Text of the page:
The procedure on the third week was identical except that the children were shown 12 photos of 6 healthy foods (e.g. salad and granola) and 6 less healthy foods (e.g. pizza and burgers) and were asked to indicate if each food was healthy or unhealthy. None of the foods in our 12 photos looked similar to either apple or French fries. We hypothesized that children who identified the healthy food as ‘healthy’ would activate cognitive knowledge about healthy food and consequently make healthy food choices.

Results

  1. Top of page
  2. Summary
  3. What is already known about this subject
  4. What this study adds
  5. Introduction
  6. Methods
  7. Results
  8. Comment
  9. Conflict of Interest Statement
  10. References

During each of the two control weeks, two of 22 children (9.1%) selected the apple fries. On the week each child was primed with photos of models, 10 children (45.5%) selected apple fries, x2 = 24.3, P < 0.001. This effect was more pronounced among children who thought admirable models would always eat healthy food than those who did not. Namely, the eight children who thought all six admirable models would eat healthily were more likely to order apple fries (62.5%) than those who thought fewer than five models would do so, x2 = 7.31; P < 0.01. There was no difference between children who thought less admirable models would eat healthily and those who did not, x2 = 1.11.

When children were primed with healthy foods, the number of children selecting apple fries was 4 of 22 (18.2%). This was not different than the control, x2 = 3.03, P > 0.05. Unlike the results of admirable models, there was no difference between children who identified all healthy foods as healthy and those who did not, x2 = 0.16.

Children ate most of the French fries or apple fries they had selected. The average child who selected French fries ate 227 ± 45 calories (70 ± 14 g), and the average child who selected apple fries ate 34 ± 2 calories (68 ± 4 g).

Comment

  1. Top of page
  2. Summary
  3. What is already known about this subject
  4. What this study adds
  5. Introduction
  6. Methods
  7. Results
  8. Comment
  9. Conflict of Interest Statement
  10. References

The right prime may help a child make the right food choice. When children were asked what various admirable models would eat, they were temporarily more likely to make healthier food selections, presumably because their affective knowledge structure about healthy food (e.g. admirable people like healthy food) was activated. Activating their cognitive knowledge structure about healthy food (e.g. salad is healthy) did not influence their choice.

Our study was limited because we did not measure any psychological processes underlying children's responses. While the admirable models were selected in a pilot study, it was only assumed that these particular children perceived admirable models as admirable. Similarly, how the activated affective knowledge structure influenced food choice merits a more in-depth investigation. Furthermore, our second experimental condition always came after the first experimental condition. Thus, it is possible that children became tired of any priming after the first condition. Nevertheless, the fact that children showed the effect only for admirable models ruled out a possibility that the effect was simply because they became more familiar with apple fries.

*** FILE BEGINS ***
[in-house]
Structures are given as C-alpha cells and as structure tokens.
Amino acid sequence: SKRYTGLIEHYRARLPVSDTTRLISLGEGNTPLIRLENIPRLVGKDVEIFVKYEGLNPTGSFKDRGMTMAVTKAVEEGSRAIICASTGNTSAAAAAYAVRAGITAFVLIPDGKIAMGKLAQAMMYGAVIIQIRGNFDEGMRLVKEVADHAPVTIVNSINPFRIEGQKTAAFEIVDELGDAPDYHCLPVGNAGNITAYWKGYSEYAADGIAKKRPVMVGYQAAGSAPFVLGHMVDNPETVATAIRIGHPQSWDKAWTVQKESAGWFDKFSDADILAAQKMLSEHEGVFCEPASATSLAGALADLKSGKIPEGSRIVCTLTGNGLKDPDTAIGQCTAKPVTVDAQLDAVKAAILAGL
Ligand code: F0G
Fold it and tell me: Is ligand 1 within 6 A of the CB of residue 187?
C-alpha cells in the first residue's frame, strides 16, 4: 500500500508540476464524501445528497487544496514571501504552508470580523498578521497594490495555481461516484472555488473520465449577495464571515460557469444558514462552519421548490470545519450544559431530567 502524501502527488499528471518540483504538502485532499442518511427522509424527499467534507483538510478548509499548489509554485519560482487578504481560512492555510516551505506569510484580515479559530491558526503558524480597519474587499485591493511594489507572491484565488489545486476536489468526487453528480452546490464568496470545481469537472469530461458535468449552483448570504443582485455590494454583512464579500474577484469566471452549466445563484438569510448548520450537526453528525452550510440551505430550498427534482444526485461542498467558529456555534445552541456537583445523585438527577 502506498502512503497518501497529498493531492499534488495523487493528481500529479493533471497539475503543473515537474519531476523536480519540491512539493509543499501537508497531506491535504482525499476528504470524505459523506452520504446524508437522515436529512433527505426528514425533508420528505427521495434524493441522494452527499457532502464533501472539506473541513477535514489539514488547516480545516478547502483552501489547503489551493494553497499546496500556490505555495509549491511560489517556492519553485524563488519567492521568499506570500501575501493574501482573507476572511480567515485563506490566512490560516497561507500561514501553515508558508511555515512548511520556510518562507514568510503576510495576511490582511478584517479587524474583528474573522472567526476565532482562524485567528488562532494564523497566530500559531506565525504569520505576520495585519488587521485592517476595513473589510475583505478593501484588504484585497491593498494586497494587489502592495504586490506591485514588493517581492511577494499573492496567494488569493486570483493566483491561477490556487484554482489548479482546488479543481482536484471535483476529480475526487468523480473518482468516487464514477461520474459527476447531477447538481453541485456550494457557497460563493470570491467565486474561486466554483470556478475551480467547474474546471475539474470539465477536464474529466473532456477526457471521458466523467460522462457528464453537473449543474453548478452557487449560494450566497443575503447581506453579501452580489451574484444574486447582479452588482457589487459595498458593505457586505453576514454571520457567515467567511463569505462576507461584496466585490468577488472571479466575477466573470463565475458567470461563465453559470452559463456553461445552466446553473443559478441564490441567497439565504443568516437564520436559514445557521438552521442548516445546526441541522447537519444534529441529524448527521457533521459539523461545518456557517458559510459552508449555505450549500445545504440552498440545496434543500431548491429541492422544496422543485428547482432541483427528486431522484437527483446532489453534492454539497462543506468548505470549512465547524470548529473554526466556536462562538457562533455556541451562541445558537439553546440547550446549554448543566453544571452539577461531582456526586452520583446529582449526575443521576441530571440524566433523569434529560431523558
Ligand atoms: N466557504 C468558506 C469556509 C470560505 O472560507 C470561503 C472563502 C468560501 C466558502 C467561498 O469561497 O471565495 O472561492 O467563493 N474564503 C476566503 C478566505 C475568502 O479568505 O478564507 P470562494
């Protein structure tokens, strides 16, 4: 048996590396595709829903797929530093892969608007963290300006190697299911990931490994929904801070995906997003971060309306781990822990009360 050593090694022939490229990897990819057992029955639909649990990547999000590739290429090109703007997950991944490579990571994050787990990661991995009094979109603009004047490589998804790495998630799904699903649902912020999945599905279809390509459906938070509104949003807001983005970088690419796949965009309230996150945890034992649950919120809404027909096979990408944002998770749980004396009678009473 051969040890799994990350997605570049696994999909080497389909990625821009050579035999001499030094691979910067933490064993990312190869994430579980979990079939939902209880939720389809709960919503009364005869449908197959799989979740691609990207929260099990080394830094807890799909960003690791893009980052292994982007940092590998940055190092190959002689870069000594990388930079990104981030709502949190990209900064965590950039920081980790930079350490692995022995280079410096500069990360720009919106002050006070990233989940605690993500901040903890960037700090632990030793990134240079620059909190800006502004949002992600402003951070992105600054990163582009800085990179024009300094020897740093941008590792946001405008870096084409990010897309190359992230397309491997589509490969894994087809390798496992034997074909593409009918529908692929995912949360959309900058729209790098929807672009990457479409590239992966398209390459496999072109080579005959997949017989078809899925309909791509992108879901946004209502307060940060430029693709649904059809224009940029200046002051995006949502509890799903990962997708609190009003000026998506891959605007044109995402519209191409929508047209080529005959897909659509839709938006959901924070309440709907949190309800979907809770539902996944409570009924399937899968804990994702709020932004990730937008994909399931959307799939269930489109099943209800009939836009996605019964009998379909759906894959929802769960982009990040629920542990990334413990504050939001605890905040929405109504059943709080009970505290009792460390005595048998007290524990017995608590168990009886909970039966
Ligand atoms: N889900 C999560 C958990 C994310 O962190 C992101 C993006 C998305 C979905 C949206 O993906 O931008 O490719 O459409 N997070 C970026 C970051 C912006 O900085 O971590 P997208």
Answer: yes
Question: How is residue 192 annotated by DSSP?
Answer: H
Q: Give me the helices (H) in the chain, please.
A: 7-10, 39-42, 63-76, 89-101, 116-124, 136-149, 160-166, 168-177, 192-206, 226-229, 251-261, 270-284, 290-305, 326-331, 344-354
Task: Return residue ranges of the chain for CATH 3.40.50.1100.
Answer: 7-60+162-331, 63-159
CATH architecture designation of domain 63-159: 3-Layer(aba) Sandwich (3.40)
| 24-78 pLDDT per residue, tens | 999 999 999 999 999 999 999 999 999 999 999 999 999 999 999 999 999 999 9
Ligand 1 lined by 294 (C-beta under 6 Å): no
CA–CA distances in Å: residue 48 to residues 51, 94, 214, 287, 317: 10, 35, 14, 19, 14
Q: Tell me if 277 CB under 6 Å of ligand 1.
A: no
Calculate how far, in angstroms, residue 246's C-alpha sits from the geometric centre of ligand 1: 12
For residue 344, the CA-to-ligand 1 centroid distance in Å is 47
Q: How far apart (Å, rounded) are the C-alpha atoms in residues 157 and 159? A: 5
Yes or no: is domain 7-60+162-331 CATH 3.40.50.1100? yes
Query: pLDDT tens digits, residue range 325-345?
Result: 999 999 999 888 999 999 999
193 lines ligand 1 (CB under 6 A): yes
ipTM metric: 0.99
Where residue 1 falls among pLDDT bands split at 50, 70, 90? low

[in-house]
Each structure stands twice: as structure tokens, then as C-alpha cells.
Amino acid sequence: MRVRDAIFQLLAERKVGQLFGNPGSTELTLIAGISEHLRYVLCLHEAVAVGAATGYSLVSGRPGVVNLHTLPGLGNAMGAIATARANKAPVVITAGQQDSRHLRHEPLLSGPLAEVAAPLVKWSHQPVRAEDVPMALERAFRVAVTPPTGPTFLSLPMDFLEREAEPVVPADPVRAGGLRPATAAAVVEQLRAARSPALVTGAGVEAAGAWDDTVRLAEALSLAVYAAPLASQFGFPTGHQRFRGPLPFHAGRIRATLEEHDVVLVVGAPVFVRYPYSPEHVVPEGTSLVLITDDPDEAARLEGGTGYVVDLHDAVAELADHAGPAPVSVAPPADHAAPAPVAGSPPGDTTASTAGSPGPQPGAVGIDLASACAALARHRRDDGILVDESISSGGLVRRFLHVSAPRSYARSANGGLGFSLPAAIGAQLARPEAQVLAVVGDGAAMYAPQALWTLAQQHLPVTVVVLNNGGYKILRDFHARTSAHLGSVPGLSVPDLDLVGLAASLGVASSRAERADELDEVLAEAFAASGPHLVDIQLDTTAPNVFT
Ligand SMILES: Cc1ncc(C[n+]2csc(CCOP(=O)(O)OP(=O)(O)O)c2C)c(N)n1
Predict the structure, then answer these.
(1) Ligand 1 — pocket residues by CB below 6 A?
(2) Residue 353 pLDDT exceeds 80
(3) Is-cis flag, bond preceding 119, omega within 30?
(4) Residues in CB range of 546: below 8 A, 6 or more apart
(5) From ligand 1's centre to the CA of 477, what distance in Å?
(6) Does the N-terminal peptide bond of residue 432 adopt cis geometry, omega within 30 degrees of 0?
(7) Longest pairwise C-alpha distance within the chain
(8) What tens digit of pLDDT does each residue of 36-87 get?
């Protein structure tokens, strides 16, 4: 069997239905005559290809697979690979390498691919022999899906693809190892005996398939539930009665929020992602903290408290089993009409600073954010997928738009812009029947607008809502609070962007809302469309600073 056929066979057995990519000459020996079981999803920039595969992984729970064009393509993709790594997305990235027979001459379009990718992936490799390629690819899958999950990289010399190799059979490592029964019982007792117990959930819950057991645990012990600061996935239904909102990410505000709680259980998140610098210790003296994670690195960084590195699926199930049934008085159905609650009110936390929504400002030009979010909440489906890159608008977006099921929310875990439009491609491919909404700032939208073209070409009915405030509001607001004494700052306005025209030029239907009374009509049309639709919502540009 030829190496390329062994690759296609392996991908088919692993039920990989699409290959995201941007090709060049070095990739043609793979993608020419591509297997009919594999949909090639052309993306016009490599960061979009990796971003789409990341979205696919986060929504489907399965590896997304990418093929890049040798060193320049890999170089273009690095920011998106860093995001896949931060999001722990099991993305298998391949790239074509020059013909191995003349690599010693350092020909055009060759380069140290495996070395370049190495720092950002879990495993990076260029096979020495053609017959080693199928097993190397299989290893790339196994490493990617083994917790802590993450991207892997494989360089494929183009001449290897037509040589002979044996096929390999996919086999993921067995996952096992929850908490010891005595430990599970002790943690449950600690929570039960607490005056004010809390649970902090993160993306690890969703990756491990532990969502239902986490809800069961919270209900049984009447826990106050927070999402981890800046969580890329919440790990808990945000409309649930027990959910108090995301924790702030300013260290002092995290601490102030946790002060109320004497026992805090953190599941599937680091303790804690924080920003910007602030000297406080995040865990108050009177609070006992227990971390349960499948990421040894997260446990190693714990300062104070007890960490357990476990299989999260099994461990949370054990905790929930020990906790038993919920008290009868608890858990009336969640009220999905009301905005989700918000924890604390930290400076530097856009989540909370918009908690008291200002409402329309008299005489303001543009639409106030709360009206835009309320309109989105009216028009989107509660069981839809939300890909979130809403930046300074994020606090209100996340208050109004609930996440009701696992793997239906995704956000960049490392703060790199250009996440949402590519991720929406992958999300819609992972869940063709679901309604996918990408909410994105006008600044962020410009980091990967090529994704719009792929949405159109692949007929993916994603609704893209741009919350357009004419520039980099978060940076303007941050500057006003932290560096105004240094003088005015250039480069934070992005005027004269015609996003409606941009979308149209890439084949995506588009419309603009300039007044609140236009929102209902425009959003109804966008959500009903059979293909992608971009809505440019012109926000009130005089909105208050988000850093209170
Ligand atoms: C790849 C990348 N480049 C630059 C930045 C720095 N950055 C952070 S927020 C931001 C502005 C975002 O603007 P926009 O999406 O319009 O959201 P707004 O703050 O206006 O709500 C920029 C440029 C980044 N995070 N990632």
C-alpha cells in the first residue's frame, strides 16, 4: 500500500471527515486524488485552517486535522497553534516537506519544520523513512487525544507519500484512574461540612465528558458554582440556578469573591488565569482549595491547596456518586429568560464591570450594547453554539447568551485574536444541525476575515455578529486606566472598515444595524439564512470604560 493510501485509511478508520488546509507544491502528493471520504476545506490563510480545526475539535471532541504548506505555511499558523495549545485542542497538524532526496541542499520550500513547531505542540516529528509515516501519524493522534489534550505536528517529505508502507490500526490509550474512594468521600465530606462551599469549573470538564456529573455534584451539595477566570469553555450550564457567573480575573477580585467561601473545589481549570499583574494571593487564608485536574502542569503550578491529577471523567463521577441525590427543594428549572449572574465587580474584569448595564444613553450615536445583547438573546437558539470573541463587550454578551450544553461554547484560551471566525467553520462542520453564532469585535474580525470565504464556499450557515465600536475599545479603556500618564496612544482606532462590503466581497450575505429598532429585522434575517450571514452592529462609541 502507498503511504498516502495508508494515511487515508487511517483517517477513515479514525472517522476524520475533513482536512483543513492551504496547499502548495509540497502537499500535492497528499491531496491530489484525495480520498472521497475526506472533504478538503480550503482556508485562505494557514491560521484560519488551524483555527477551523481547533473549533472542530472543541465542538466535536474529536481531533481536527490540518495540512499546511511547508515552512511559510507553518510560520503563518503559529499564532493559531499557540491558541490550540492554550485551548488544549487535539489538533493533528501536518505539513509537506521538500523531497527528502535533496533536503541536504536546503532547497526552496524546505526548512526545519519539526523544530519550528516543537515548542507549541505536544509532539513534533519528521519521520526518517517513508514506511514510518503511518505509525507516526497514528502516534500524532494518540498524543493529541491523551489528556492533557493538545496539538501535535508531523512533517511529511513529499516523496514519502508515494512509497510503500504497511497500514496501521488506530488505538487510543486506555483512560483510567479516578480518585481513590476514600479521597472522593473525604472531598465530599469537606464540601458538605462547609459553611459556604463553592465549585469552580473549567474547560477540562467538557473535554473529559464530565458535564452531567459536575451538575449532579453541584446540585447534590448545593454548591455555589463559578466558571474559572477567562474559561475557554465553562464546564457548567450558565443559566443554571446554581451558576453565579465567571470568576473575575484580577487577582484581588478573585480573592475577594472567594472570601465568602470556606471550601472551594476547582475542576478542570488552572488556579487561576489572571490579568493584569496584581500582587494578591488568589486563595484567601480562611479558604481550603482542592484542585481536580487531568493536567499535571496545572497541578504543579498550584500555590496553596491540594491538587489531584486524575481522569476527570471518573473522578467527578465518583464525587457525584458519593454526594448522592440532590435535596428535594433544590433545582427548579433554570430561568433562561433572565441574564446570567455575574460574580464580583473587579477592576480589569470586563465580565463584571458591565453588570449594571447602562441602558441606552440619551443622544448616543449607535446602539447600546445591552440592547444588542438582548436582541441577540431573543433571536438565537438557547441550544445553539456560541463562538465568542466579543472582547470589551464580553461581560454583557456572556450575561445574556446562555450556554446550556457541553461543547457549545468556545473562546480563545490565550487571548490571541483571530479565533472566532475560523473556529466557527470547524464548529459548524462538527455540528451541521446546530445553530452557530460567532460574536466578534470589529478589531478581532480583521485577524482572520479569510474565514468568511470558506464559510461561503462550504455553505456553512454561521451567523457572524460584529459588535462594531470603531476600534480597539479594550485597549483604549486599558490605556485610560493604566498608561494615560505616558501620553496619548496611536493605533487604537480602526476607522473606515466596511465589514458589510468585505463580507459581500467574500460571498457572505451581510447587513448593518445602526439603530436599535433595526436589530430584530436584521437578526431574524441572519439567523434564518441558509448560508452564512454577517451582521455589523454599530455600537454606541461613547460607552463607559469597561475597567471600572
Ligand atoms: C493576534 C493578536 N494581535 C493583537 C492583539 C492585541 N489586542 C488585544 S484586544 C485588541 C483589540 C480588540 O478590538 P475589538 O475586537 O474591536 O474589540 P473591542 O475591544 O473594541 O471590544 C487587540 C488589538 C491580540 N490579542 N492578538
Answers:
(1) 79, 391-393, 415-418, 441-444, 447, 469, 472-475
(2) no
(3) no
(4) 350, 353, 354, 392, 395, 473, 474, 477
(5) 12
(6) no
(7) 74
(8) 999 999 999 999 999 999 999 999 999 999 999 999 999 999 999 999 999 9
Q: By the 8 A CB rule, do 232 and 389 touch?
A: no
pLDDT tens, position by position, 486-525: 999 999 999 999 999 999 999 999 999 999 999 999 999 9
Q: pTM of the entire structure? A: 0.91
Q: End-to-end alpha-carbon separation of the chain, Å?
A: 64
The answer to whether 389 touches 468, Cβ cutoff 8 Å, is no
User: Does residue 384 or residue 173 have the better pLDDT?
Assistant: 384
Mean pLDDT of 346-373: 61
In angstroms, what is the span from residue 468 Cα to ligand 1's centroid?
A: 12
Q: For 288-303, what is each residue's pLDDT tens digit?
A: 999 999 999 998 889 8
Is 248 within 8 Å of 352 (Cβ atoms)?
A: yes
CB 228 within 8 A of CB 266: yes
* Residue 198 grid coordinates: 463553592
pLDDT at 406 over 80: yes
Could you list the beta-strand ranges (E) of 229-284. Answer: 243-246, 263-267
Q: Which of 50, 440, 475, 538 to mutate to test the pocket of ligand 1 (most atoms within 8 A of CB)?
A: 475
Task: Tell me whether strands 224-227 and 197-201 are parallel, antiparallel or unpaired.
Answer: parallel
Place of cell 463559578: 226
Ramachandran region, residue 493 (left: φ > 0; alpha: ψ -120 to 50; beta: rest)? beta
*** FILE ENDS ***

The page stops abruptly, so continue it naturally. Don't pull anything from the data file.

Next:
Fast food patronage is a frequent reality for many children and their parents. Simply instructing a parent to order healthier food for a child is neither empowering for a child nor easy for a parent [9, 10]. Advising a parent to ask their child ‘What would Batman (or another admired character or person) eat?’ might be a realistic step to take in what could be a healthier fast food world.

References

  1. Top of page
  2. Summary
  3. What is already known about this subject
  4. What this study adds
  5. Introduction
  6. Methods
  7. Results
  8. Comment
  9. Conflict of Interest Statement
  10. References
  • 1
    Minkin T, Renaud B. America's top 10 healthiest fast food restaurants. Health Magazine, 2009. [WWW document]. URL http://:www.health.com (accessed May 2011).
  • 2
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  • 3
    Brooks PJ, MacWhinney B. Phonological priming in children's picture naming. J Child Lang 2000; 27: 335366.
  • 4
    Kesek A, Cunningham WA, Packer DJ, Zelazo PD. Indirect goal priming is more powerful than explicit instruction in children. Developmental Sci 2011; 14: 944948.
  • 5
    Bargh JA. The four horsemen of automaticity: awareness, intention, efficiency, and control in social cognition. In: Wyer RS , Srull TK (eds). Handbook of Social Cognition, 2nd edn. Erlbaum: Hillsdale, NJ, 1994, pp. 140.
  • 6
    Strahan EJ, Spencer SJ, Zanna MP. Subliminal priming and persuasion: striking while the iron is hot. J Exp Soc Psychol 2002; 38: 556568.
  • 7
    Chandon P, Wansink B. The biasing health halos of fast food restaurant health claims: lower calorie estimates and higher side-dish consumption intentions. J Consum Res 2007; 34: 301314.
  • 8
    Hollands GJ, Prestwich A, Marteau TM. Using aversive images to enhance healthy food choices and implicit attitudes: an experimental test of evaluative conditioning. Health Psychol 2011; 30: 195203.
  • 9
    Wansink B, Payne CR. Consequences of belonging to the ‘clean plate club.’ Arch Pediatr Adolesc Med 2008; 162: 994995.
  • 10
    Wansink B. Empowering nutrition gatekeepers: the parents. J Nutr Educ Behav 2011; 43: 307.